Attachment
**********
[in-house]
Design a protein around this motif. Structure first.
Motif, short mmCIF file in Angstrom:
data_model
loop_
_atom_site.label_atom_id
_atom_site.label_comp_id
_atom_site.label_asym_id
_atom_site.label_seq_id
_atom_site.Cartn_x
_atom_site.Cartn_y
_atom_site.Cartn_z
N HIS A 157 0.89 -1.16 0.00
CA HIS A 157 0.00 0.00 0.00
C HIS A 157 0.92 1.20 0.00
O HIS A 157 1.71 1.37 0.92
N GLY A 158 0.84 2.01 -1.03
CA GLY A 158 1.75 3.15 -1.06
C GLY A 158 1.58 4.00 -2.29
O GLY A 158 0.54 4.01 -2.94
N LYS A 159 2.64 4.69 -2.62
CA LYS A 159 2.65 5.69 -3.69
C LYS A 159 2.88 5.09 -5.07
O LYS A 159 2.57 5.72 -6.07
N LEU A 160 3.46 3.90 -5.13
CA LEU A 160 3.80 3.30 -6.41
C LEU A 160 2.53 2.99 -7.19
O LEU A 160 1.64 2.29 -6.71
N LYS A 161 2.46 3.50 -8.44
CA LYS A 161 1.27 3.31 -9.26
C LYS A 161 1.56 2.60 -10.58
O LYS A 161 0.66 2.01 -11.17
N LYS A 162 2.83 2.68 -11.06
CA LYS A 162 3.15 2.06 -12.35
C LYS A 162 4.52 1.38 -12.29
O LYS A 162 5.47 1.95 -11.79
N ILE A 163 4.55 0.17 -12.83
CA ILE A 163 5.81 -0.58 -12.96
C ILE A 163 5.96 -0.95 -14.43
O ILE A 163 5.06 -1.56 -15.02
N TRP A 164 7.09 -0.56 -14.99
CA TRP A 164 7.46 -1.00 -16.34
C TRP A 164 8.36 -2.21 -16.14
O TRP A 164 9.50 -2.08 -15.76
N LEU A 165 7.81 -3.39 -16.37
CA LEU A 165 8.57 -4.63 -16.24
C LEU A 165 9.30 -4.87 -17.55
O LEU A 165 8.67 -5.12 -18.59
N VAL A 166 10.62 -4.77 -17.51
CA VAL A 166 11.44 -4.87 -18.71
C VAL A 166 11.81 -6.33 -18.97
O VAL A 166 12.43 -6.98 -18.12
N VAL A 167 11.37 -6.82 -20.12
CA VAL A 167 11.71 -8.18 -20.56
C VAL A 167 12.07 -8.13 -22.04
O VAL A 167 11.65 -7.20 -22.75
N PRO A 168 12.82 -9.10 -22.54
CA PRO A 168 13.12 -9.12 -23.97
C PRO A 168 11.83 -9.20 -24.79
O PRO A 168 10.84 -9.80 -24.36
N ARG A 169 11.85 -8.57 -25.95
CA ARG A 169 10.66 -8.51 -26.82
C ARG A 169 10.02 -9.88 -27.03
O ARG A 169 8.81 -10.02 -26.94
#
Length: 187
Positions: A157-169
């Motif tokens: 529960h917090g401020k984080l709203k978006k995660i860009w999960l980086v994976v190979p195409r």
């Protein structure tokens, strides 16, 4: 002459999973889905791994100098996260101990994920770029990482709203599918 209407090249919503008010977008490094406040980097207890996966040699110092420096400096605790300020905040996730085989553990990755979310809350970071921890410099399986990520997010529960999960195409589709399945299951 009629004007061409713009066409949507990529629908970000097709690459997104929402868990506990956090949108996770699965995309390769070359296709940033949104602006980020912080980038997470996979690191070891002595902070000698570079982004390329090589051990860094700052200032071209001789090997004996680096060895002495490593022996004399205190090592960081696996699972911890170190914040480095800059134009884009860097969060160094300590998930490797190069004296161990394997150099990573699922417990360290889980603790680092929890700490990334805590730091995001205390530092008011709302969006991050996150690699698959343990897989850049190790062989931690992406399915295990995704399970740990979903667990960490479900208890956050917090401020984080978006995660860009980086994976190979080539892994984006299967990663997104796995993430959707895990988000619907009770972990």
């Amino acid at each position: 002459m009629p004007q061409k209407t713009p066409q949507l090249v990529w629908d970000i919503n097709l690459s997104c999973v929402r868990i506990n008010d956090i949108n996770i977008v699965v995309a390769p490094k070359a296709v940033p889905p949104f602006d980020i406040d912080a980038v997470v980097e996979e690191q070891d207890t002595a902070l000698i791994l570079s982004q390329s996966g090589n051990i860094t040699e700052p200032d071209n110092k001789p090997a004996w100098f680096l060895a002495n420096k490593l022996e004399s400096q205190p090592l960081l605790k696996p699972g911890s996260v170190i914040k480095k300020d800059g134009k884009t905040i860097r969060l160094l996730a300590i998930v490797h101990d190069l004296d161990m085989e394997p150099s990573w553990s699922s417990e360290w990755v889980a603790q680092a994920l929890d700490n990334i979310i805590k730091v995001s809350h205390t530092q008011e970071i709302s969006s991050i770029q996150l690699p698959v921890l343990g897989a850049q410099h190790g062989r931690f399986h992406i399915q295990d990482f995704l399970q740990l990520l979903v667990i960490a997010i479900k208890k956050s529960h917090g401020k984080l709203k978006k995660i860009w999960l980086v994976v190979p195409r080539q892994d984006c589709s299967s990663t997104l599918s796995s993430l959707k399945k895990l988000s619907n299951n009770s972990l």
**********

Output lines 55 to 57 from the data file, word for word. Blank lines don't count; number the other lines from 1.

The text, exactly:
C VAL A 167 12.07 -8.13 -22.04
O VAL A 167 11.65 -7.20 -22.75
N PRO A 168 12.82 -9.10 -22.54